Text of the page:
Thus to counteract the bull-whip effect four strategic options became crucial, which are, to: reduce variability (every day or year around low pricing), reduce lead times (information lead times: EDI and order lead times: Cross Docking), reduce uncertainty (POS, sharing and centralizing demand information) and strategic partnerships (quick response, continuous replenishments and vendor managed inventory (VMI)) The other factors are as follows: Orders placed once a week – most distributors (GDs and Dos) checked the inventory levels and placed orders with Barilla once per week which was not inlined with the pace of demand variation * Average lead time ten calendar days – order once placed would be shipped by Barilla to the distributor over the course of the week that started eight days after the order was placed and ended fourteen days after the order was placed; which was recognized as a bottleneck for distributors * Usage of simple periodic-review inventory systems – distributors placing orders on a weekly basis for those products whose levels fell below a specified reorder level, which made their ordering system obsolete * Computer-supported ordering systems – which all of the distributors possessed but lack of sophisticated forecasting systems or analytical tools for determining order quantities for future demand * Holding huge current inventory levels – distributors and retailers carrying huge current inventories followed by requests from Barilla (manufacturing and logistics personal) to carry additional inventory (to hold goods bought on any type of promotion, including quantity discounts, truckload discounts and canvas period discounts) to dampen the fluctuation in distribution orders; this incurred additional costs to their operating systems * Retail inventory pressure – retailers realizing space crunch in their stores and warehouses to carry very large inventories; limited shelf space in retail outlets; continuous launch of new products and attain best shelf display; which reinforced distributors attitude and felt similar pressure to increase inventory of items they already stocked and to add items they currently did not carry to their product offerings * Lack of good service from distributors to its retailers – Exhibit 13 (in case study) depicts the huge stockouts that Dos experienced in 1989 despite holding a couple of weeks of inventory.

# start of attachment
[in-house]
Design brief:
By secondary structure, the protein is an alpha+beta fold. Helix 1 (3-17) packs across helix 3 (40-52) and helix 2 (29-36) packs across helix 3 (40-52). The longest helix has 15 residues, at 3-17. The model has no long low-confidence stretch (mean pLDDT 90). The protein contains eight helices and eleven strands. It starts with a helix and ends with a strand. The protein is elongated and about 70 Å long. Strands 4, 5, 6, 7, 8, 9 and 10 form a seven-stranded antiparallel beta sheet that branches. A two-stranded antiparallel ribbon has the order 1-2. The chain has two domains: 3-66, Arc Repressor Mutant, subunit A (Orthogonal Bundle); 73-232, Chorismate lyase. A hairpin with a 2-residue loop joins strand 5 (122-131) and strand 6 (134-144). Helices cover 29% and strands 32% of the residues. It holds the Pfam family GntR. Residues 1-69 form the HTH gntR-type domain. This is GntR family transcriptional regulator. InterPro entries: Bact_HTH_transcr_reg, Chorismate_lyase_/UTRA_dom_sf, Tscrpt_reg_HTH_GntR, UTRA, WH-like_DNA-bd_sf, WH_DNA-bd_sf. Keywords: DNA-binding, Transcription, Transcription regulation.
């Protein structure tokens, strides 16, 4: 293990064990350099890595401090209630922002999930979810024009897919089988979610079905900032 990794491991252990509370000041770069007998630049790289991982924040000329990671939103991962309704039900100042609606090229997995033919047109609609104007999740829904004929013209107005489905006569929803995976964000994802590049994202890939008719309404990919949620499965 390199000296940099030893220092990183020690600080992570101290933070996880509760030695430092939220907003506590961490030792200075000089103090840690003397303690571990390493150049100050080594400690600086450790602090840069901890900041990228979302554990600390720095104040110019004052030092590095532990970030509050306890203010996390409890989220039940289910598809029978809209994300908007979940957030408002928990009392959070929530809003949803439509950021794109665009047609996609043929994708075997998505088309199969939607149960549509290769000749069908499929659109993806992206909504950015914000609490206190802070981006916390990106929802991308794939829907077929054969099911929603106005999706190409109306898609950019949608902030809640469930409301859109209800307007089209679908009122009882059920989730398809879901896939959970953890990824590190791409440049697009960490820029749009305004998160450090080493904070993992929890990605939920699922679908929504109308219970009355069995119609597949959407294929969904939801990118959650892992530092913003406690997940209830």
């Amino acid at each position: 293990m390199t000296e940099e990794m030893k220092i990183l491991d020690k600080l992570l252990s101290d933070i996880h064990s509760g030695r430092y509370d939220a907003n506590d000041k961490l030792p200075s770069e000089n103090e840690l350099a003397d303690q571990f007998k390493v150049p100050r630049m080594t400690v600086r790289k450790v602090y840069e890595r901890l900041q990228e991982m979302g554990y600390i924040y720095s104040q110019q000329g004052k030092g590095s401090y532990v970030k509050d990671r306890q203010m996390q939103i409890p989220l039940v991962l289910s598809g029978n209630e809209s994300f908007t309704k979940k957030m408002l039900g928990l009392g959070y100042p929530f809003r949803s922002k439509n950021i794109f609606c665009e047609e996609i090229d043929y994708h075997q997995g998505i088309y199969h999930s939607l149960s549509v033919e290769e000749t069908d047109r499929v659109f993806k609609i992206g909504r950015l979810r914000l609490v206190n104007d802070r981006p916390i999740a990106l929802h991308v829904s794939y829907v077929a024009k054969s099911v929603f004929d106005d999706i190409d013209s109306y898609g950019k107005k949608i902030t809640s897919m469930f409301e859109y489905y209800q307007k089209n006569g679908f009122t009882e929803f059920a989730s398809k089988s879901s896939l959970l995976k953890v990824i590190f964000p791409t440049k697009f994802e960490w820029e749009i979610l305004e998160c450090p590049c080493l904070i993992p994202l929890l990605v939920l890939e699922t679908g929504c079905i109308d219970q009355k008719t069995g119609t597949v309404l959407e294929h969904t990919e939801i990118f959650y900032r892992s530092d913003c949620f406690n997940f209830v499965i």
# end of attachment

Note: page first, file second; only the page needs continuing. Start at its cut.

This reflects lack of Dos efficient job servicing to its retailers * Plant has high product change over costs because Barilla has either inefficient production or excess finished goods inventory * Utilization of central distribution is low in terms of workers and equipment’s Question 2. How might they be addressed? Will the proposed JITD system solve the problem? The underlying factors in the traditional approach of order fulfillment had a direct impact on manufactures and retailers in the form of thinning margins. Thus, to address these factors an alternative approach of product delivery was crucial and also to take costs out of distribution channel without compromising service.